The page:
Write data WDT is 128 data bits. Ten parity bits are generated by the parity bit generation circuit 130. The generated parity bits HWDT and write data WDT are sent back to the local bus LBUS through the write data drive circuit 133 according to write data control signal WBC0. The data which has been read remains on the local bus so a change occurs only in the data on the local bus LBUS which corresponds to the data (16 bits of write data from the input pad IO, 10 parity bits, and a corrected 1 bit) which has changed.

The write amplifier circuit CWA is activated by write data control signal WBC, and the data which has been read is held in the latch type sense amplifier CSA. Only when there exists on the local bus LBUS any data which is different from the held read data (corresponding to 16 bits of write data from the input pad IO, 10 parity bits, and a corrected 1 bit), the data is entered to the data lines (DT, DB) and is written to the memory cell. When there is no change in data, no transition occurs in the local bus LBUS and data line, resulting in reduced power consumption. It is also acceptable to write into the memory cell all data which is sent back to the local bus LBUS. According to the present invention, a write operation may be accomplished in a single cycle. Here, one cycle refers to a period from an address change to a next address change. In other words, one cycle may be considered as the period from word line SWD's first (last) transition to its last (first) transition.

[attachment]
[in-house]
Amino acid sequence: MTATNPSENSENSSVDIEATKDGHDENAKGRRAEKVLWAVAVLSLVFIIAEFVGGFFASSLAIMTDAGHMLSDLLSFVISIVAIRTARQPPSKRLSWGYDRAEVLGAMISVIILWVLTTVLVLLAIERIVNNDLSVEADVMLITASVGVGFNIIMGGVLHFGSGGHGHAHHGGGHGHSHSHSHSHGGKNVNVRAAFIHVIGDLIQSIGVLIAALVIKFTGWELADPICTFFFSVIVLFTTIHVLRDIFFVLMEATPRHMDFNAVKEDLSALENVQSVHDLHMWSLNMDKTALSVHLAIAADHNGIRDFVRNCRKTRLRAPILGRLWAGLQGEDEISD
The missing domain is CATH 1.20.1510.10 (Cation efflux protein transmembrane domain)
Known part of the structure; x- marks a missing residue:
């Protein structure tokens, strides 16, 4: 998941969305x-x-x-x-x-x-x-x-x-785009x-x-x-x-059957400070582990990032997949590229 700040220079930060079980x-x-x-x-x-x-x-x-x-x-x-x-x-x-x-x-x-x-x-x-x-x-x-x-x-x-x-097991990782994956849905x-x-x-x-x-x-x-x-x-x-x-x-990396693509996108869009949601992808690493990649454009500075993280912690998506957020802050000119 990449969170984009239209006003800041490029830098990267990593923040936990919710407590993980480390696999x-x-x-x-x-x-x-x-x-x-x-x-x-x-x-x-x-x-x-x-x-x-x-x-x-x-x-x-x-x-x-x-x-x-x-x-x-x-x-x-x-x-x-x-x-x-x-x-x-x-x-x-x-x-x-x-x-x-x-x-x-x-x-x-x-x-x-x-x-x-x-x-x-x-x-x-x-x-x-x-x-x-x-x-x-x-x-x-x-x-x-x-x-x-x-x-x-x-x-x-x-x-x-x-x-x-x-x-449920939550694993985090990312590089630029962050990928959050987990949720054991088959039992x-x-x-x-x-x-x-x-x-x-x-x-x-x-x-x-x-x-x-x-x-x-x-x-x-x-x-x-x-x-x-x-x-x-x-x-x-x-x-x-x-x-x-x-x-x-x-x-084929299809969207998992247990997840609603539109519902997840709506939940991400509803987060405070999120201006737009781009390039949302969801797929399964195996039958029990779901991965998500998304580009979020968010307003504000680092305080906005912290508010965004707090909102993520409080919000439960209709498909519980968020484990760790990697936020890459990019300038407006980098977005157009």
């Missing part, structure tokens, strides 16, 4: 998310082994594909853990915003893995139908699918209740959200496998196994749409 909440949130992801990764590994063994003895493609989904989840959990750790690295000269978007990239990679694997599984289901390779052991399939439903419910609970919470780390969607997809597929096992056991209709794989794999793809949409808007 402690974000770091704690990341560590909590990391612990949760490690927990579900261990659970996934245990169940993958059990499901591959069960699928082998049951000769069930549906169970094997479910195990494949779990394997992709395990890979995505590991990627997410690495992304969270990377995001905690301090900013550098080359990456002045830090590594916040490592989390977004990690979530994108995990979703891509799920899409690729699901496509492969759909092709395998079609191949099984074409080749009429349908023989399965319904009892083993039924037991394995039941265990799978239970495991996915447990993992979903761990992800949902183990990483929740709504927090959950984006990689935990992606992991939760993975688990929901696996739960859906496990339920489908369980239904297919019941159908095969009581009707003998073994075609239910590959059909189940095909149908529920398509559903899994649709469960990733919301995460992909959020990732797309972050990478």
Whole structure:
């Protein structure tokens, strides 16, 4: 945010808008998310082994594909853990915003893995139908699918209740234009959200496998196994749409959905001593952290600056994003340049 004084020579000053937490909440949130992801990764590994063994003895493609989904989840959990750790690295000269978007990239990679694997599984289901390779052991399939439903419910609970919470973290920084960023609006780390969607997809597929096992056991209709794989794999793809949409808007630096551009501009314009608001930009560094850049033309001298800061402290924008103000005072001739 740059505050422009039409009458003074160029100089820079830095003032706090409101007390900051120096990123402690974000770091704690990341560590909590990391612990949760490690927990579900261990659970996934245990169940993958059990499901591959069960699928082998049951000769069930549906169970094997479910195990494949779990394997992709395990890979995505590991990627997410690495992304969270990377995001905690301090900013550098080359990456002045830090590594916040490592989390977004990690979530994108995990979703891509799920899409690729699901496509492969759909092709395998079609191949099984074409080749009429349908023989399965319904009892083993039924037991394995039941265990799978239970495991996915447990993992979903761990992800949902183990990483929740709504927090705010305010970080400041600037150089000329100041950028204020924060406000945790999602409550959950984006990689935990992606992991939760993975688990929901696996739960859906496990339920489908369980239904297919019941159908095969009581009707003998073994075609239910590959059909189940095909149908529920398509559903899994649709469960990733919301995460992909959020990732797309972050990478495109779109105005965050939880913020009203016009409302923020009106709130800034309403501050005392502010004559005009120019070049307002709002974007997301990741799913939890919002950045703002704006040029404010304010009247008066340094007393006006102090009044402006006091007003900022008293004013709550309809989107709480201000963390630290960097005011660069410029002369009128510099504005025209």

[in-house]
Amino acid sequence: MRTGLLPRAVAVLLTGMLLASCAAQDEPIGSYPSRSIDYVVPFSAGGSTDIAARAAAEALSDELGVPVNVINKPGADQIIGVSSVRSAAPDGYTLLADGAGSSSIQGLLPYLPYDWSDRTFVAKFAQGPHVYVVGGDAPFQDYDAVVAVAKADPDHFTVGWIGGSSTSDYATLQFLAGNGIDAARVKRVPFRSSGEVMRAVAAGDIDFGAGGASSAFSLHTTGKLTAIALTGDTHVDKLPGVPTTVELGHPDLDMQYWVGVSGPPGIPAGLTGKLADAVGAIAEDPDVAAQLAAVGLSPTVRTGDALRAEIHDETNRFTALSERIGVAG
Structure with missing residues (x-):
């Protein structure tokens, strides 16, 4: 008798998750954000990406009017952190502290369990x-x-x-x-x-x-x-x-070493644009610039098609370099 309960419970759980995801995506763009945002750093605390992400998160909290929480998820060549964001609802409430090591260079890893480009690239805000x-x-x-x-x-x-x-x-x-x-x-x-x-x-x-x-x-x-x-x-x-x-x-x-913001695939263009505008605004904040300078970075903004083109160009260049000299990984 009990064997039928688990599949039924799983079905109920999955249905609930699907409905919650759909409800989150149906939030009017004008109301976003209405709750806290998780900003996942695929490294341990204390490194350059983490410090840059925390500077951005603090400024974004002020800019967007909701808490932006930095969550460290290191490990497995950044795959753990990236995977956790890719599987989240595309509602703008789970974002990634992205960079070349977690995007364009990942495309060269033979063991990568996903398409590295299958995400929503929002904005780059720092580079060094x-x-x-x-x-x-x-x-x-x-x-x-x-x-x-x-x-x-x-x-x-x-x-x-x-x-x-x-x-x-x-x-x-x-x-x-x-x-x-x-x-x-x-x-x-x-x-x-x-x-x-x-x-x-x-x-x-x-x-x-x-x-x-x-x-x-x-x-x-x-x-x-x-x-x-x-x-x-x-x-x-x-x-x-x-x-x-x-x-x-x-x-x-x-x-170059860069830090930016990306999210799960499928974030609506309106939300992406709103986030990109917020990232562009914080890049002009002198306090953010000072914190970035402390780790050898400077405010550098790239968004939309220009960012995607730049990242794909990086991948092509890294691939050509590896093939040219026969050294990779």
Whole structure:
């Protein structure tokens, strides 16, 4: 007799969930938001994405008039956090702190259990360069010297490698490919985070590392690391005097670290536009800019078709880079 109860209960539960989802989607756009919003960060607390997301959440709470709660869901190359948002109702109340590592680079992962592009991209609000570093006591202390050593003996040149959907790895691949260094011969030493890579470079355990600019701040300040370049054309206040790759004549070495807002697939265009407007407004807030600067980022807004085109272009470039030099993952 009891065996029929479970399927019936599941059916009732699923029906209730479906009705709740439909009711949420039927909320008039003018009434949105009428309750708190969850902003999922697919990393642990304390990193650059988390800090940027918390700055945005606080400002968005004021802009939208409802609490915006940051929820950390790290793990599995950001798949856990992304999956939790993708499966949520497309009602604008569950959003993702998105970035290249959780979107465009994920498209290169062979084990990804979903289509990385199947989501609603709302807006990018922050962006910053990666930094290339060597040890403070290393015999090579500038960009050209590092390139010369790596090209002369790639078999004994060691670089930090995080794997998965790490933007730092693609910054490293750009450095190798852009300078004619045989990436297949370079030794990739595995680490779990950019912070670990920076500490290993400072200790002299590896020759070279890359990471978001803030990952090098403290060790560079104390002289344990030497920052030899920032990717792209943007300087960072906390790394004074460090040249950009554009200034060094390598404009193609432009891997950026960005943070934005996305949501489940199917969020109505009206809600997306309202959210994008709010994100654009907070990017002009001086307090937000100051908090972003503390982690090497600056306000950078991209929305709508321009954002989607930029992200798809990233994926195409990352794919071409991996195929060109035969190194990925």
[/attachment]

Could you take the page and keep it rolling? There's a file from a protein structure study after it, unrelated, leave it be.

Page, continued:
Third Exemplary Embodiment

The memory mat MAT with a shift type error repair circuit as illustrated by the second exemplary embodiment may be replaced by a circuit 210 with a redundancy circuit for a current defect as shown in FIGS. 7 and 8. FIGS. 7 and 8 make up a diagram with line AA′ as the boundary.

Referring to FIGS. 7 and 8, the mat circuit 210 will be explained next. The mat (MAT) is comprised of an array block as an arrangement of a plurality of base sets SET, a control circuit 212, and a decoder circuit 213 which specifies a redundancy set.